Diaper rash cream also contains zinc oxide, which can be found in regular paste – which makes it a good alternative.
6. Ketchup or Mustard
Who would’ve thought that ketchup or mustard could work as a temporary substitute for thermal paste? Redditor u/FelonSoeter posted a thread about how he tried ketchup as a substitute for years. The results were good as they kept the CPU’s temperature at an acceptable range.
However, due to the consistency of the ketchup and mustard, applying it to your CPU should be carefully done as it may drip as soon as you put the heat sink on.
7. Hair Cream or Gel
Using hair cream or gel is not a bad idea as they are cheap and readily available. They are also sticky, which is one property of thermal paste that could fill those airgaps with little to no air bubbles. The downside of using these is it dries out faster, especially at a higher temperature.
8. Hair Wax
If you have used hair cream or gel, then hair wax should also be a viable option since all of them almost have the same properties. And if applied properly and with the correct amount, they are supposed to work for days or even weeks. If you start to notice an increase in temperature, try checking if it has dried out.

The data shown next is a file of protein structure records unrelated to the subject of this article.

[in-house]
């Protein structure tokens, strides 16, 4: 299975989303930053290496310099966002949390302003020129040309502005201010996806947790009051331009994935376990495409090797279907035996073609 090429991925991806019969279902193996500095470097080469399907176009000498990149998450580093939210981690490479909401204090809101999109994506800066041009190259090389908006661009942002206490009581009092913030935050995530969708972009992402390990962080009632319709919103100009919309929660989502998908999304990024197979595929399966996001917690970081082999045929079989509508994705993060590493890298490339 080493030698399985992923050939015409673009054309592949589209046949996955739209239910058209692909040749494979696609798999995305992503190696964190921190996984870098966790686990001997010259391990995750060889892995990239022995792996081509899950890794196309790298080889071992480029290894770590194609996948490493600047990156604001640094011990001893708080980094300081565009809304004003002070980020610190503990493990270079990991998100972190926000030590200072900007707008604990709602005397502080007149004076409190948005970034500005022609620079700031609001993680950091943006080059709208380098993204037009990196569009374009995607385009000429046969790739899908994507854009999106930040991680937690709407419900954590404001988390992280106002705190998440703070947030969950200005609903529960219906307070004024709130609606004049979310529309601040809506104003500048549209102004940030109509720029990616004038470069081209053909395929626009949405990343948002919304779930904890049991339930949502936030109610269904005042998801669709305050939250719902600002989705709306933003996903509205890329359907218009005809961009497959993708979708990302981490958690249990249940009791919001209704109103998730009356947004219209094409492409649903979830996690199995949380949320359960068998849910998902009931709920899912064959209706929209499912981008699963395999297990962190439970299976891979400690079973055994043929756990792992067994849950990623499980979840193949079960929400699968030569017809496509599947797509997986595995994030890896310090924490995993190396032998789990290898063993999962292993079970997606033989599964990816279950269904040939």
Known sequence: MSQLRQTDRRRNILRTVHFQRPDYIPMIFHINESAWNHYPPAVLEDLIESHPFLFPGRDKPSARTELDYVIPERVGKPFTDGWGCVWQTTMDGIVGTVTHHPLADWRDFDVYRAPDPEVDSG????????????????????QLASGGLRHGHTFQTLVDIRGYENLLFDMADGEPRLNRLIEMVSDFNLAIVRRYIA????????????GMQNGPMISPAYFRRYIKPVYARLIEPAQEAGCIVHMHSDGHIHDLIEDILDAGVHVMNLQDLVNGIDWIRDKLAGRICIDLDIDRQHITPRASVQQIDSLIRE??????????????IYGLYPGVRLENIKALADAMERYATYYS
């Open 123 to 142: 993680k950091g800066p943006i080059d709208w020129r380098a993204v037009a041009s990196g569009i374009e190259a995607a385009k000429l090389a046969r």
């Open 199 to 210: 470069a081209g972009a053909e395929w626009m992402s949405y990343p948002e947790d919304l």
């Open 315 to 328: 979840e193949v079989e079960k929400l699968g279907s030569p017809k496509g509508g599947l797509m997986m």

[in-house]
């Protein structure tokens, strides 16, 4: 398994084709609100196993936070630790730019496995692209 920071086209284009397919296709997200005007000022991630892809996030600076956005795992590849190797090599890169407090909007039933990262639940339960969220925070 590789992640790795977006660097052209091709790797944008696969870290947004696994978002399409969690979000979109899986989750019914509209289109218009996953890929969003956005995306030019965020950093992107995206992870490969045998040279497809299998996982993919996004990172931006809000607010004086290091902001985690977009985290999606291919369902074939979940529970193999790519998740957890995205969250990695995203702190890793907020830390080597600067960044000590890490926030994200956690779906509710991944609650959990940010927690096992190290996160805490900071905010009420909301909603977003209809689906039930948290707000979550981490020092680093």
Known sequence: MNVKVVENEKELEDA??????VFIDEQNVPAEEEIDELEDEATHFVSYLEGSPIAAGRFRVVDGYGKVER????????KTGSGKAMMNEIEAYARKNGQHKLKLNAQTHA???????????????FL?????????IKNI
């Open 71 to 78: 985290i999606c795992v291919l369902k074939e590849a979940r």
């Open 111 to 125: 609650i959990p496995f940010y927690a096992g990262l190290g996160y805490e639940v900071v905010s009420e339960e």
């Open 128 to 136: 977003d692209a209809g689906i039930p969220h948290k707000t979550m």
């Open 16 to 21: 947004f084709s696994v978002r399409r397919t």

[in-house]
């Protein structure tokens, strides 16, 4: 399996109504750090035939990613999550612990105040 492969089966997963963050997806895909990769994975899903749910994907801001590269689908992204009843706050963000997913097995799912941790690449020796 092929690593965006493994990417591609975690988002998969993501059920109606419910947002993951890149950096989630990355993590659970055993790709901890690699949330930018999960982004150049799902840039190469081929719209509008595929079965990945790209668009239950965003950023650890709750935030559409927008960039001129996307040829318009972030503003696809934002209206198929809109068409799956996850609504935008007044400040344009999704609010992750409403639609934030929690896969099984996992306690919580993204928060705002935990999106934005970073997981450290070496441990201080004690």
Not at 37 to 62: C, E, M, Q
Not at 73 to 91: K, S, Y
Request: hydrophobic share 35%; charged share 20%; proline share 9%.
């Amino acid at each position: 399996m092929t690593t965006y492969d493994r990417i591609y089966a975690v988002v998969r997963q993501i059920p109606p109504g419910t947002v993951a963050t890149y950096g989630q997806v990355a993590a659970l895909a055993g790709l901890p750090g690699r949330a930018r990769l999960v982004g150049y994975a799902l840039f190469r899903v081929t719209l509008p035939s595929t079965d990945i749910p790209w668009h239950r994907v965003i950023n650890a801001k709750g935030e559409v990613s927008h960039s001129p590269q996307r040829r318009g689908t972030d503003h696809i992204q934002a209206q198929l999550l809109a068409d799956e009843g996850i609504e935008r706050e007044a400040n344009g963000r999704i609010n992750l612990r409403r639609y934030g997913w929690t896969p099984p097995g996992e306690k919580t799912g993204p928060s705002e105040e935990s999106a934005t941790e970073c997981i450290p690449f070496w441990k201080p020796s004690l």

Yes. That fruit that almost everyone likes can also be a good substitute for thermal paste. However, bananas shouldn’t be used alone as they are a poor conductor of heat and have lots of air gaps when applied. But mixing it with aluminum powder should do the trick. Thermal conductivity is okay with this mixture but not as good as the other options mentioned. You should only use this if there are no options left. Plus, bananas can spoil quickly, so don’t try to use them for days.
Another good alternative for thermal paste is beeswax, but only for as long as it’s still wet. As soon as it gets dried out, it becomes brittle or crumbly, which may also spill to other components. When using this as a substitute, make sure to check it regularly.
11. Sealing Wax